Bush Rule Bolstering Deportations Is Withdrawn

Attorney General Eric H. Holder, Jr. on Wednesday reversed a Bush administration ruling that had weakened the ability of immigrants facing deportation to argue that their lawyers did a bad job.

The original order, issued just days before the inauguration of President Obama, held that immigrants did not have a constitutional right to effective lawyers in their deportation hearings. That 11th-hour decision abruptly closed off one of the most common avenues for appealing deportation decisions.

Because immigration cases are classified as civil litigation, people facing deportation do not have the same right to be represented by a lawyer that criminal defendants have. But before the Bush administration, a long line of legal opinions allowed immigrants whose lawyers had performed poorly to ask that their cases be opened on constitutional grounds. In 2003, the Board of Immigration Appeals, a part of the executive branch that reviews the rulings of immigration courts, reaffirmed that right.

The Bush administration, however, successfully argued in several federal appeals court cases that there was no constitutional right to have a case reopened because of ineffective legal representation.

The Bush administration order, issued by Michael B. Mukasey, then the attorney general, concerned three deportation cases known collectively as Matter of Compean, after the name of one of the people facing removal, Enrique Salas Compean.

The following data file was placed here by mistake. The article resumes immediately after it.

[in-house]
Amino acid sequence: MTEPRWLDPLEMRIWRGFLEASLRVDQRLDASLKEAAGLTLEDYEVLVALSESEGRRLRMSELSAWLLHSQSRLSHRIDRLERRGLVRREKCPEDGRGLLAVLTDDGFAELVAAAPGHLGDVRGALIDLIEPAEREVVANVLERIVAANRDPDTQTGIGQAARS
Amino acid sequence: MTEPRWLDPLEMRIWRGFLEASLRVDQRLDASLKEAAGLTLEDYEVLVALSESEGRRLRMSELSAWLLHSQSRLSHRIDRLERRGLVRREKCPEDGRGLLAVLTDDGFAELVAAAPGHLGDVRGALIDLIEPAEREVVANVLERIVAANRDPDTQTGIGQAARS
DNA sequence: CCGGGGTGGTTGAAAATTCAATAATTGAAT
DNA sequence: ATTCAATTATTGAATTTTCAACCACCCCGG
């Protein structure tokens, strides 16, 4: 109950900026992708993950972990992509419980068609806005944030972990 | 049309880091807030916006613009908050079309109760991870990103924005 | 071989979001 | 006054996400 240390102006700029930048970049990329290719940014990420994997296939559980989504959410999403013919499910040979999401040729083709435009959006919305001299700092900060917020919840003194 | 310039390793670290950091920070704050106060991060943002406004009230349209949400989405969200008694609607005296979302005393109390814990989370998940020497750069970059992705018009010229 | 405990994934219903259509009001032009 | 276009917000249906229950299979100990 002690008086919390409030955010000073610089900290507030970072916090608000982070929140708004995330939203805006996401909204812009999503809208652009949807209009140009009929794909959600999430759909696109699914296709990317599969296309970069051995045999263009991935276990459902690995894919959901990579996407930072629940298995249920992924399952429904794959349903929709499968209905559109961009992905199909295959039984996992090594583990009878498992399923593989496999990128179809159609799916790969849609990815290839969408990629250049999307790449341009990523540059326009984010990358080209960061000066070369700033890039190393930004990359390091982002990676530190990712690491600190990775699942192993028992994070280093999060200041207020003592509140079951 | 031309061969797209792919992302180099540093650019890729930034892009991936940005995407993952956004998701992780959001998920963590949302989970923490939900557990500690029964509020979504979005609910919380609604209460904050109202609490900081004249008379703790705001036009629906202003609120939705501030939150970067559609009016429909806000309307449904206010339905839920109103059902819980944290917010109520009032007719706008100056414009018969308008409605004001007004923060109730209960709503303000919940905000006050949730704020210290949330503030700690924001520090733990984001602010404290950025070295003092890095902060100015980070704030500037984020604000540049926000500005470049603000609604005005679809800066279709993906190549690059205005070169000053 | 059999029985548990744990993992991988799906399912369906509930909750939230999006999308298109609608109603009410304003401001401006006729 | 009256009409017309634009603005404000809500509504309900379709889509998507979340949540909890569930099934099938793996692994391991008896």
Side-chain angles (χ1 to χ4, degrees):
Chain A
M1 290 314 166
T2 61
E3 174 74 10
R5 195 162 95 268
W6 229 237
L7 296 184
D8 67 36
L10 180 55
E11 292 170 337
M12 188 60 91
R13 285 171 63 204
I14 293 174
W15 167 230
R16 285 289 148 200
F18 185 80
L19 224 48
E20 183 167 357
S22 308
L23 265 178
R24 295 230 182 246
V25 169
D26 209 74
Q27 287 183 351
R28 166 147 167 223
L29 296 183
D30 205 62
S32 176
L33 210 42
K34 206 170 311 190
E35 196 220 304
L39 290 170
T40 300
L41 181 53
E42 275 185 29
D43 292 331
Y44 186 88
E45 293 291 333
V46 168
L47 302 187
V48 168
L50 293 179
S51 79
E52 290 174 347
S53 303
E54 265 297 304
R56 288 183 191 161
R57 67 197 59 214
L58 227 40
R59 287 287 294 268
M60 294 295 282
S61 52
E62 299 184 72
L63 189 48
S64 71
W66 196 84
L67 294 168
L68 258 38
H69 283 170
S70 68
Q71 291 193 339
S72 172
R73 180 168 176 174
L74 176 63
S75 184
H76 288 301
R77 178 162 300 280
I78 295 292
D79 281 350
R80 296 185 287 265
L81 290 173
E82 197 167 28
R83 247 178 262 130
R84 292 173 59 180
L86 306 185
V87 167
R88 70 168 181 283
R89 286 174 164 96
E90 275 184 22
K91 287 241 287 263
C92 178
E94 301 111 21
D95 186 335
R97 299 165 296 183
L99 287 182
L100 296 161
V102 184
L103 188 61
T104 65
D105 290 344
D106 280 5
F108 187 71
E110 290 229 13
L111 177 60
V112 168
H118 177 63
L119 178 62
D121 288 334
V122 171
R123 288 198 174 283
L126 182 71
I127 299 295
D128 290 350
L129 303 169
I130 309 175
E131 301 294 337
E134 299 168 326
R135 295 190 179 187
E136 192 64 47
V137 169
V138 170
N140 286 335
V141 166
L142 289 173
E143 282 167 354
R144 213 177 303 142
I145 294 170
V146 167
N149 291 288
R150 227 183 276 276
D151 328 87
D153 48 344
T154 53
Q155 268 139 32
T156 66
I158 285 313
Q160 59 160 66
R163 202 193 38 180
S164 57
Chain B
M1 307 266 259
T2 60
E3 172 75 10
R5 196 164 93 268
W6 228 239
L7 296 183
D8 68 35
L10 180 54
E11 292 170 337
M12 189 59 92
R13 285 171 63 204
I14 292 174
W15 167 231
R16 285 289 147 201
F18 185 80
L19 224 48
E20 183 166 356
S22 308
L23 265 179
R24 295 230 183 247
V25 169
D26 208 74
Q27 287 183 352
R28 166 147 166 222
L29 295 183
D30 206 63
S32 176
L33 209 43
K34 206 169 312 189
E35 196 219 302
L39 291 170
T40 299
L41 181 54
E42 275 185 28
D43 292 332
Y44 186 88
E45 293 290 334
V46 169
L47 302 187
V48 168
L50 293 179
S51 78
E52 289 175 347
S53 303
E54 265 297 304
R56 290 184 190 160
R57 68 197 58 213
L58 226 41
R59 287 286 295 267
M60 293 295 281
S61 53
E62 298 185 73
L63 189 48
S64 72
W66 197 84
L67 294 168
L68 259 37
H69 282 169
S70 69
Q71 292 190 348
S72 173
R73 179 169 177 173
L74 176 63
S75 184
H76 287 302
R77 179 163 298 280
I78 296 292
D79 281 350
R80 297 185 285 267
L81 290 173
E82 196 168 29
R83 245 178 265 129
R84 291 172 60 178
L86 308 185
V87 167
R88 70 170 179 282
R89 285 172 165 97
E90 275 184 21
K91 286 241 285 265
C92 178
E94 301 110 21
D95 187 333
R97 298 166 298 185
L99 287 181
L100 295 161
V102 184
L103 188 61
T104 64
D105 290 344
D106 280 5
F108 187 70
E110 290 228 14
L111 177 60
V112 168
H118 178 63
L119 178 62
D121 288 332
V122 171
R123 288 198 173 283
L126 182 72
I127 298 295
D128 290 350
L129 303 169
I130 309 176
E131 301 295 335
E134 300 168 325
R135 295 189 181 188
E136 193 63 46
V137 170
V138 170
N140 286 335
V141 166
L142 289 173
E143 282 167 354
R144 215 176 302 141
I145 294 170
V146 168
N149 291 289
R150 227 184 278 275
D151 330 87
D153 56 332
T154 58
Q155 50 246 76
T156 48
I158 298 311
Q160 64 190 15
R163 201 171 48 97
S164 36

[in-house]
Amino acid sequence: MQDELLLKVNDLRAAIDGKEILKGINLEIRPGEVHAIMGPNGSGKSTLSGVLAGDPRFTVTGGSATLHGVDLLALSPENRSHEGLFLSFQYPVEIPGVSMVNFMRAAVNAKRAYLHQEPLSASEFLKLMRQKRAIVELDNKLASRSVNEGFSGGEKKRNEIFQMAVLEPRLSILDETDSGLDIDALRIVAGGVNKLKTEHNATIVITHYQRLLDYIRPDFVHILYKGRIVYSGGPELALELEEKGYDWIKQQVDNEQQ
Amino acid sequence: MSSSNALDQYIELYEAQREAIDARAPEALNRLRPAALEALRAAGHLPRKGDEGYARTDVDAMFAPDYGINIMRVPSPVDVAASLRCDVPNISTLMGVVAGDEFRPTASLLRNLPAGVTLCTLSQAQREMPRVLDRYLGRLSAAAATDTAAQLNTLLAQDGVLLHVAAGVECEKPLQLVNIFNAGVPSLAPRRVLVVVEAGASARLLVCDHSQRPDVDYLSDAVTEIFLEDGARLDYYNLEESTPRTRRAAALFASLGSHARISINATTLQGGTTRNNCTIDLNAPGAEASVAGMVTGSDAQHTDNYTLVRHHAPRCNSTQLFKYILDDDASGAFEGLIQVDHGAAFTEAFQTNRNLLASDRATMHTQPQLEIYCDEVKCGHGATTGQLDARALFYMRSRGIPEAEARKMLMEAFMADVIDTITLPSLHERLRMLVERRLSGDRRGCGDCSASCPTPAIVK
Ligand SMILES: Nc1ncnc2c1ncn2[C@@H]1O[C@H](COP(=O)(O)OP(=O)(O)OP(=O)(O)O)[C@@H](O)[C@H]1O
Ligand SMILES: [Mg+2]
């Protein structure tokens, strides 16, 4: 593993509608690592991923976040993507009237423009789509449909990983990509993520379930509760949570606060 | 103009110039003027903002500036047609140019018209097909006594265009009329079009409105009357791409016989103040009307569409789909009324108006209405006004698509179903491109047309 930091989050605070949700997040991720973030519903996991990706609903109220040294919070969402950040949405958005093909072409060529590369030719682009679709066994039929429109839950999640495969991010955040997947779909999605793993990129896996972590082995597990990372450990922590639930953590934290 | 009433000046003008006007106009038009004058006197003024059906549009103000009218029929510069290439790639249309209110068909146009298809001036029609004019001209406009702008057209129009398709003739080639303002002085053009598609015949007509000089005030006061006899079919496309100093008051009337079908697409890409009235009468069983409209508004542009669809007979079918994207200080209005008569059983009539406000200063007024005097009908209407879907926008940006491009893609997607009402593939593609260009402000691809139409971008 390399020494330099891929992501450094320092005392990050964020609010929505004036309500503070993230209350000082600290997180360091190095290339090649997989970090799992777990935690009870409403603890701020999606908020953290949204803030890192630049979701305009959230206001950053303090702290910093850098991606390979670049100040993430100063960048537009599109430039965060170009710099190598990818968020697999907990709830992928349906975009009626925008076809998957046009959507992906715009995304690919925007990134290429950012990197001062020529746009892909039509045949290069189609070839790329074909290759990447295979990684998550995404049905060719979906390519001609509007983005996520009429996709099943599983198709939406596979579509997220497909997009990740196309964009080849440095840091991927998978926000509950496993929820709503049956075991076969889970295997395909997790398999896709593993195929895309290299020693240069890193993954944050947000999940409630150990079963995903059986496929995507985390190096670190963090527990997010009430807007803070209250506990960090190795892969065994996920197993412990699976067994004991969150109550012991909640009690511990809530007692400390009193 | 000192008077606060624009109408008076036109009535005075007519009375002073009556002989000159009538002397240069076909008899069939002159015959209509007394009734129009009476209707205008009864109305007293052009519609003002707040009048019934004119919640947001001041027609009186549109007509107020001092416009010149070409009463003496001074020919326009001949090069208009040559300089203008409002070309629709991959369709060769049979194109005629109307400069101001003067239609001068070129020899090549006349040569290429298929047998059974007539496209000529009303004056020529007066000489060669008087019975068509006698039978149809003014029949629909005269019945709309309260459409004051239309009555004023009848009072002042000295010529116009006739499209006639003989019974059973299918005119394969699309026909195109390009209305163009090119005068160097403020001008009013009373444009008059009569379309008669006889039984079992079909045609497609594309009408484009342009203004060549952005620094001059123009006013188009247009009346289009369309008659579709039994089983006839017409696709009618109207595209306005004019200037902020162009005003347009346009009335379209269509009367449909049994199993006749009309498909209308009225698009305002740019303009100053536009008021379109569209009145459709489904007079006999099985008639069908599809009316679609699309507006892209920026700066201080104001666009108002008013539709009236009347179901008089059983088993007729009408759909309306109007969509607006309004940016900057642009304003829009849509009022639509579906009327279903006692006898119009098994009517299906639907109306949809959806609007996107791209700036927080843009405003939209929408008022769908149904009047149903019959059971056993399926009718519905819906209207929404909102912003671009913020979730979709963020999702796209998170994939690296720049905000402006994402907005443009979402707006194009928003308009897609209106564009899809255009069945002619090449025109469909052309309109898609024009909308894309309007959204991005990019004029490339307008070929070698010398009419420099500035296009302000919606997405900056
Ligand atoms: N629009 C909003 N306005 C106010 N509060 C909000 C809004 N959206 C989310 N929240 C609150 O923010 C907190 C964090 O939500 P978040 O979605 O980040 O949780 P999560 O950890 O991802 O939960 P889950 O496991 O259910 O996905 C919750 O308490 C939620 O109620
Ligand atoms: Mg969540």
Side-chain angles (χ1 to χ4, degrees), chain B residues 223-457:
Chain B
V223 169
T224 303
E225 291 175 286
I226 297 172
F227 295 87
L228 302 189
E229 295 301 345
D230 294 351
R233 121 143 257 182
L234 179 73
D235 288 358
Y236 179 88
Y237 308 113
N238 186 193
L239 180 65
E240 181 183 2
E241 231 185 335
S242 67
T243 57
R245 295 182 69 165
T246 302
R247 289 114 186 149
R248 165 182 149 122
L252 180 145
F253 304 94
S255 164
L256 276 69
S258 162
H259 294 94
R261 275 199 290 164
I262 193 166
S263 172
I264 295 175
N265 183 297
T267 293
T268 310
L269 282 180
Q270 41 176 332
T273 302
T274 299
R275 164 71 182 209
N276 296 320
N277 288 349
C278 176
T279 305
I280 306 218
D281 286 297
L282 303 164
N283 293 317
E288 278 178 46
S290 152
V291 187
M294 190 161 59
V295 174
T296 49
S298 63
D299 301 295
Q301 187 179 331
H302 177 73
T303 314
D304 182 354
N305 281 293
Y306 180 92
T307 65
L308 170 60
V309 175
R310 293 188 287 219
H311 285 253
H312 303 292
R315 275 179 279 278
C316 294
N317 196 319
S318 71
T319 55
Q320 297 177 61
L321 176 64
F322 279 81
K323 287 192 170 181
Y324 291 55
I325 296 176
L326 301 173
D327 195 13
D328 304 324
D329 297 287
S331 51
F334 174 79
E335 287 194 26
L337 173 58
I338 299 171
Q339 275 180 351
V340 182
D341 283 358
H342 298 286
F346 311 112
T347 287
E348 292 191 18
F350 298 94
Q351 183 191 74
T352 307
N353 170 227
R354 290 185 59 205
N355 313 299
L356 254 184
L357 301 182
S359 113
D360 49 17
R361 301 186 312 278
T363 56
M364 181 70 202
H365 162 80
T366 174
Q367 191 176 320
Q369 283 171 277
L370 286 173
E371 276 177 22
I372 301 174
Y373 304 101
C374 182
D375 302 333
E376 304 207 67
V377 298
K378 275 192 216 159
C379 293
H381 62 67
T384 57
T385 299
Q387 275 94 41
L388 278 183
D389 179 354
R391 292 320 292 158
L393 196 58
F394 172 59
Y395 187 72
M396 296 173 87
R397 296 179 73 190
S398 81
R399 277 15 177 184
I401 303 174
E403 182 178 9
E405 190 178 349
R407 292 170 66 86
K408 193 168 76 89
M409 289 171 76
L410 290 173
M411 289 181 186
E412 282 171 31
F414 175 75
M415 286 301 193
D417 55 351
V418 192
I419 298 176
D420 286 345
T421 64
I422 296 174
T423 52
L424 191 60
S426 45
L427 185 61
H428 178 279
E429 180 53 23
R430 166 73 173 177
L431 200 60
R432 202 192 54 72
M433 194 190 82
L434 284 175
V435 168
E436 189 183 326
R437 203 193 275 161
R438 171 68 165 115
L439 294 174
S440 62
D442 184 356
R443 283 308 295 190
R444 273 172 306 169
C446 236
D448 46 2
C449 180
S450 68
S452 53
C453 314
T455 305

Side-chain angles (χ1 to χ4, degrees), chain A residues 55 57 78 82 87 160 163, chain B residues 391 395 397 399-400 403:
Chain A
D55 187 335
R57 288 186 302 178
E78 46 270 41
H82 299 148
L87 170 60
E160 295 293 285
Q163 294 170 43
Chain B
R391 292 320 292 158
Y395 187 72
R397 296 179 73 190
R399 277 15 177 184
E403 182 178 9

In Wednesday's three-page order withdrawing the former attorney general's decision, Mr. Holder suggested that the original order did not follow proper government procedure. The process followed by the Bush administration, he wrote, did not thoroughly consider all the issues involved, particularly for a decision that changed a long-standing process that had been reaffirmed by the appeals board.

Wednesday's order called for a thorough review of the law in such cases, and for a period of public comment that could lead to a new rule.

"The integrity of immigration proceedings depends in part on the ability to assert claims of ineffective assistance of counsel," Mr. Holder said in a statement accompanying the order, "and the Department of Justice's rule making in this area will be fair, it will be transparent, and it will be guided by our commitment to the rule of law."

Immigration courts and judges are part of the Justice Department, and the decisions of those judges can be appealed, under some circumstances, to the federal courts. Mr. Holder's order instructs immigration judges and the Board of Immigration Appeals to apply the legal standards that were in effect before Mr. Mukasey's order until a final rule is devised.

But Mr. Holder said Justice Department lawyers could continue to argue in deportation cases at the federal appeals court level that there is no constitutional right to effective lawyers for immigrants. Lee Gelernt, a lawyer for the American Civil Liberties Union, applauded the overall decision as a good beginning to restoring the legal rights of immigrants, though he criticized Mr. Holder for applying it only to immigration judges and not Justice Department lawyers.

That aspect, Mr. Gelernt said, threatens to continue "a troubling legacy of the Bush administration."

But Jon Feere, a legal policy analyst for the Center for Immigration Studies, said that restoring the ineffective counsel rule would "give aliens one too many bites at the apple" and could be used by immigration lawyers as a delaying tool.

"If this is going to result in people remaining in the country for years and years on end," Mr. Feere said, "we really have to question whether or not our immigration system is meeting the public interest of finality."